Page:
After two defeats in their opening Guinness Six Nations games, Ireland, in the view of Bernard Jackman, Eddie O'Sullivan and Donal Lenihan are just not connecting the parts properly, despite some good moments so far.
The trio were speaking on RTÉ's Against The Head as they dissected the loss to France at the Aviva Stadium.
Jackman lamented Ireland's inability to make better use out wide in a period where the French were down to 14 man at the Aviva Stadium.
"We didn't really change strategy, we kicked the ball a lot and did not get it into those outside channels," he said.
"We really could have gone after them.
"Unfortunately at the moment we are not trusting ourselves to throw that pass, we overrun it."
He then highlighted what he thought was a change of tactics after the Japan World Cup.
"Remember post-World Cup when Mike Catt came in (as attack coach) and he said we were going to be an off-loading team, play on our feet and play heads up. In terms of stats, and I know it's only after two rounds, France are top with 20 off-loads, Italy are second on 12 and we are bottom on six.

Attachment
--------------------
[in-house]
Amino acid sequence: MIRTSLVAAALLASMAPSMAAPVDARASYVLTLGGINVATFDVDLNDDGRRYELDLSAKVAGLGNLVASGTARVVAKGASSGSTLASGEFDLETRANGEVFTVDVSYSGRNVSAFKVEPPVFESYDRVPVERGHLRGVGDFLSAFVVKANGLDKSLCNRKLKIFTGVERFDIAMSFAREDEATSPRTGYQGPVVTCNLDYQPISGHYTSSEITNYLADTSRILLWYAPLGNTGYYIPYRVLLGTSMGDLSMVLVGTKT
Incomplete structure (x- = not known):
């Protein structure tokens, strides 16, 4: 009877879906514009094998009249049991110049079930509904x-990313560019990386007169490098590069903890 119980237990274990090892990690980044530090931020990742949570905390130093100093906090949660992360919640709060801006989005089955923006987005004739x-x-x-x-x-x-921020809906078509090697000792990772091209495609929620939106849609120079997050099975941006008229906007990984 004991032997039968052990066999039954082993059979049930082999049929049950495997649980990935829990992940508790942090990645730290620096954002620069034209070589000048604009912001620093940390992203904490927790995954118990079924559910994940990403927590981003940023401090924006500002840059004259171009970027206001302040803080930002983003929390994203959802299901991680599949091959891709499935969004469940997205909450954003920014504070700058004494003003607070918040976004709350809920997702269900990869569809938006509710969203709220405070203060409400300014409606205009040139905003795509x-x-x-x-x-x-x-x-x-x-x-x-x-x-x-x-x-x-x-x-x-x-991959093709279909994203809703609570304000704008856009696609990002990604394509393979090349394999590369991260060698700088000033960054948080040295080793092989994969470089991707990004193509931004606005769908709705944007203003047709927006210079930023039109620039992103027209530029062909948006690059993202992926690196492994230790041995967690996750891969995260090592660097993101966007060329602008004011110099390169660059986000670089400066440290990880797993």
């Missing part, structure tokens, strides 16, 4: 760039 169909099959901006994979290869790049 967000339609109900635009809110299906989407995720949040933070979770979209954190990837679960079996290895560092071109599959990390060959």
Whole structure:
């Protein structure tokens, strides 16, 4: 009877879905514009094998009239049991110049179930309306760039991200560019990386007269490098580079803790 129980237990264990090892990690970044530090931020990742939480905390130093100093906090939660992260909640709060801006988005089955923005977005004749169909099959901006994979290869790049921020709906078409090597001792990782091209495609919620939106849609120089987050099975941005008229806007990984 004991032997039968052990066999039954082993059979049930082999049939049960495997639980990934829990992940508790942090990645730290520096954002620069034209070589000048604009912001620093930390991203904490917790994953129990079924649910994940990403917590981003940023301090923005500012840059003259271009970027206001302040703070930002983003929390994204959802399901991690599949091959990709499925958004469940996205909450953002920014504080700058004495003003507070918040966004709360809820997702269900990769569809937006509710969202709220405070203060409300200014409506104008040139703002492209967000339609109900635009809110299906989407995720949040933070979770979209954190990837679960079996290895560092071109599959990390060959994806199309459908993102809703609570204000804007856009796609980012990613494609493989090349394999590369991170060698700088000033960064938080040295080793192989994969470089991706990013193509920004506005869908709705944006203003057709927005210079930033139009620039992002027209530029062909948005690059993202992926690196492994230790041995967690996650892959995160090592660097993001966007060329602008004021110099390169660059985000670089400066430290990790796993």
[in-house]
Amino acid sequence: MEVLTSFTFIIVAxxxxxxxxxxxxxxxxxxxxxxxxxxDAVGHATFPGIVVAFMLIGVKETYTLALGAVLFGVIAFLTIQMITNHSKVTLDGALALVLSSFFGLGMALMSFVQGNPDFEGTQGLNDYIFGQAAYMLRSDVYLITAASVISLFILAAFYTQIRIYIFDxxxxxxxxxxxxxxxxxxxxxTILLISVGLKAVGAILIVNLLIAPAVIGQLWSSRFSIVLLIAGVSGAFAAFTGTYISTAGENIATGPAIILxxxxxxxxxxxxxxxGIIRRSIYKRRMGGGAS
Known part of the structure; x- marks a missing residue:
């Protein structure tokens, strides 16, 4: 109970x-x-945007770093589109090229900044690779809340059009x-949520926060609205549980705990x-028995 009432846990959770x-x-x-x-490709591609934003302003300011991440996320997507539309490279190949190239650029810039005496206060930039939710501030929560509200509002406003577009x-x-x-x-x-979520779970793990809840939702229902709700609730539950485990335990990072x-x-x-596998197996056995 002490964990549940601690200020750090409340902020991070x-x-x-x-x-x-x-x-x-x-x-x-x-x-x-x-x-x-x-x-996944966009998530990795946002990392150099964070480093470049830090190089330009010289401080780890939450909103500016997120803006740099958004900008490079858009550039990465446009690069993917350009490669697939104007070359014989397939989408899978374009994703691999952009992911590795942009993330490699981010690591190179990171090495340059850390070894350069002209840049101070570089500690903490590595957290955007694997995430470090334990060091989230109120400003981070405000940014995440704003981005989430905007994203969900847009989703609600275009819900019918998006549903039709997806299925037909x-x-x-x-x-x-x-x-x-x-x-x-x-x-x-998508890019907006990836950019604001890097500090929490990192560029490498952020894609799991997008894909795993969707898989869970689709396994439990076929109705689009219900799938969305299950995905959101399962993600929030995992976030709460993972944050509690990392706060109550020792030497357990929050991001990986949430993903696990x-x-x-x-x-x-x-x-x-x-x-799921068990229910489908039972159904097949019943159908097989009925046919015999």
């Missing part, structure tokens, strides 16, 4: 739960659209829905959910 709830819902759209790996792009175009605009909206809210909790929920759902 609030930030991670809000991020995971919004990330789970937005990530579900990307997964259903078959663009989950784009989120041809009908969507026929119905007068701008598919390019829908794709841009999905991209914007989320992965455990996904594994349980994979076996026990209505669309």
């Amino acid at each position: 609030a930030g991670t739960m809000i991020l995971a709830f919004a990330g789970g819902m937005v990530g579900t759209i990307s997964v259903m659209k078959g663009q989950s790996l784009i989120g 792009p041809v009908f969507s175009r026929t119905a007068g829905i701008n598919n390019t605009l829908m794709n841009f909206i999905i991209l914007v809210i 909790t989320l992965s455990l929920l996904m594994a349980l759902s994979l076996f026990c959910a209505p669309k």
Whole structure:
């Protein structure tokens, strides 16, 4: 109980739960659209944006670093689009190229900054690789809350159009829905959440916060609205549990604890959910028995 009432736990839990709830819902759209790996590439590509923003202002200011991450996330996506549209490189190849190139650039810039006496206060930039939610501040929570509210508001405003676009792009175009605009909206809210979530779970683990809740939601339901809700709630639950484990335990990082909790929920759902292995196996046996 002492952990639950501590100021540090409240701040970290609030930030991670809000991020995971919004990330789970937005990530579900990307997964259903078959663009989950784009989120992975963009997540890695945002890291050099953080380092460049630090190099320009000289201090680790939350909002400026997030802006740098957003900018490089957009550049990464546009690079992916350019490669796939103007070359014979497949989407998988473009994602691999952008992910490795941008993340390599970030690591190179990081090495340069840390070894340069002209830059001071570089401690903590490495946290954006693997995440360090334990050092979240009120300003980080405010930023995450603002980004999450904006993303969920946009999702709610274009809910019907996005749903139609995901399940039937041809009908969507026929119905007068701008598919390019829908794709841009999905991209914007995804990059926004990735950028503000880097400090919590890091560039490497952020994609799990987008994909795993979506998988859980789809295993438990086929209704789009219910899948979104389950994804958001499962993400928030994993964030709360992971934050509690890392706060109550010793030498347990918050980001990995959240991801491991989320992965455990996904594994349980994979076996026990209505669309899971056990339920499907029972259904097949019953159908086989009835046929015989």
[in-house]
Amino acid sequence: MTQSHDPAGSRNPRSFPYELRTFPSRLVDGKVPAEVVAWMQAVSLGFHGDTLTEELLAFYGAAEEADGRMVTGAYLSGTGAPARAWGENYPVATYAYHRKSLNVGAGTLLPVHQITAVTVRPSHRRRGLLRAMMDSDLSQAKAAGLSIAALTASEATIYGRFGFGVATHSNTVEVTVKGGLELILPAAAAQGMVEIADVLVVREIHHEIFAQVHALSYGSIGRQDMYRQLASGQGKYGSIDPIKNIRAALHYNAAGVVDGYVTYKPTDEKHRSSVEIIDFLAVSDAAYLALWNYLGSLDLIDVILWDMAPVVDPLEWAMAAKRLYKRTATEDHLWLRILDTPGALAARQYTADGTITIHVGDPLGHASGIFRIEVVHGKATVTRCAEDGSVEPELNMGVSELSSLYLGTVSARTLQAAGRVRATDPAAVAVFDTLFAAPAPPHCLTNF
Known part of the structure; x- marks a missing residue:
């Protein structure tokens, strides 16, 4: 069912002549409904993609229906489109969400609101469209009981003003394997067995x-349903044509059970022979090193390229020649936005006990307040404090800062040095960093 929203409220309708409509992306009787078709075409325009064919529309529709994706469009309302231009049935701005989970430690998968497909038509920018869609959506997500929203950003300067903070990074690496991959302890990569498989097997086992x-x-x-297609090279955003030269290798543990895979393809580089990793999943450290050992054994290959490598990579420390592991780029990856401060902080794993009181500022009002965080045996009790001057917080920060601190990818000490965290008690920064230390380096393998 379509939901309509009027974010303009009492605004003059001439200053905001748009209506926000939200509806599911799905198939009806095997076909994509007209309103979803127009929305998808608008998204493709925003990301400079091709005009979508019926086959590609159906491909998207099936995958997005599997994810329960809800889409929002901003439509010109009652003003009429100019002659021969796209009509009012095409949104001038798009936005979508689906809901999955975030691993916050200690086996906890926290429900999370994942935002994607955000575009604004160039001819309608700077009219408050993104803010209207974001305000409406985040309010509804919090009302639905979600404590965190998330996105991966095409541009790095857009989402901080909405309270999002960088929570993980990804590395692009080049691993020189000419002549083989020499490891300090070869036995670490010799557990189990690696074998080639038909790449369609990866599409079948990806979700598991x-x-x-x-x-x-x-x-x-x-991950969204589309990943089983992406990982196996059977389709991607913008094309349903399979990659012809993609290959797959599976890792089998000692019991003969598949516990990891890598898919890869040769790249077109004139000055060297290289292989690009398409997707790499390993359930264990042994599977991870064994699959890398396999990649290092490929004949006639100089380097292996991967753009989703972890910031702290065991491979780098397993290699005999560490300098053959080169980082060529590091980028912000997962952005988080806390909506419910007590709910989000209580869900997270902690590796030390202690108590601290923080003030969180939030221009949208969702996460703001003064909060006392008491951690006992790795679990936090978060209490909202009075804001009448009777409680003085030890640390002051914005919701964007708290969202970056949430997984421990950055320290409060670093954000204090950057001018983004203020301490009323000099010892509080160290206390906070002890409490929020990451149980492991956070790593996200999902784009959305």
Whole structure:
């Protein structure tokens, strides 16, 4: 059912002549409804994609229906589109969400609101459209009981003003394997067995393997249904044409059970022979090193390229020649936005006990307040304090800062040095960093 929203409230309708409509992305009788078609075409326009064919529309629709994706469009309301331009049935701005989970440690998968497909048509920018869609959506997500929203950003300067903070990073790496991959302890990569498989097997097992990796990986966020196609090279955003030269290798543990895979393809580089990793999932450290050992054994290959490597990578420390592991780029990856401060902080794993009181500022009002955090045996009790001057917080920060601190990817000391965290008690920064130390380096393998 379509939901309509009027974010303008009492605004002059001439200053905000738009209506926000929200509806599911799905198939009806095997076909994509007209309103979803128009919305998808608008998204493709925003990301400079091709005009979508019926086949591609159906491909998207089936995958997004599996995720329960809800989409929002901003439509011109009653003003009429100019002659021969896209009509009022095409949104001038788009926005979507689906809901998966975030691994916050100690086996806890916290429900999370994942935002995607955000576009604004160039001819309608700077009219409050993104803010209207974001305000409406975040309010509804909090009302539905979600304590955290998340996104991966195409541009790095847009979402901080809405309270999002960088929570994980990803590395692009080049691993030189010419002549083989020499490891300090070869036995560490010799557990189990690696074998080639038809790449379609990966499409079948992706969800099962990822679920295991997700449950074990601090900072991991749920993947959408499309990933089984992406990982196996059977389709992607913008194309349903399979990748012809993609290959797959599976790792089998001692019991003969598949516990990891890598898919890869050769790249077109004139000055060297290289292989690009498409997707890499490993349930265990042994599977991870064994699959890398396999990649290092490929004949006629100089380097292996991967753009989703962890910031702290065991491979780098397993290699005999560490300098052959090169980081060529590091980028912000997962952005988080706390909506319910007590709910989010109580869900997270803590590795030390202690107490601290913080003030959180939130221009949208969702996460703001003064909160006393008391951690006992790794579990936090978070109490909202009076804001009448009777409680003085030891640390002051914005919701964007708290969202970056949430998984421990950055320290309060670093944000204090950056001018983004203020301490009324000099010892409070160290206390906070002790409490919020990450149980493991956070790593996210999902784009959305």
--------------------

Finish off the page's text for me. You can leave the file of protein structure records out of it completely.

"It's obviously not part of our game now and that's fine, but a part of our game that we are set up to try and play is into those wide channels.
"We need to confidence and detail to try and get there and give the likes of Keith Earls and James Lowe decent opportunities to take people on but we are not giving them anything to play off."
Former national coach O'Sullivan looked at certain players in the quest to go wide, when saying: "When we've turned down those opportunities, it's our 9, 10, 12 and 13, our key decision makers - they are supposed to be executing these plays."
"It's not like a tighthead prop turned up in those positions and got flustered."
Garry Ringrose and Robbie Henshaw at 12 and 13, by all accounts had a good day out against Wales - but were not as effective against France.
Assessing their contributions, Lenihan hones in on where the broad problem lies with this Irish team.
"They had their moments (against France), Garry Ringrose in particular. But their moments are individual brilliance - they are the ones stepping in, making the line breaks. It's not part of a collective plan and that's the worry for me.
"I think Henshaw has had an outstanding championship to date; he is Ireland's most consistent player but it's all stuff that he's doing on a one-off. It's not linked. Individual parts of our game are going very well but they are not being stitched together."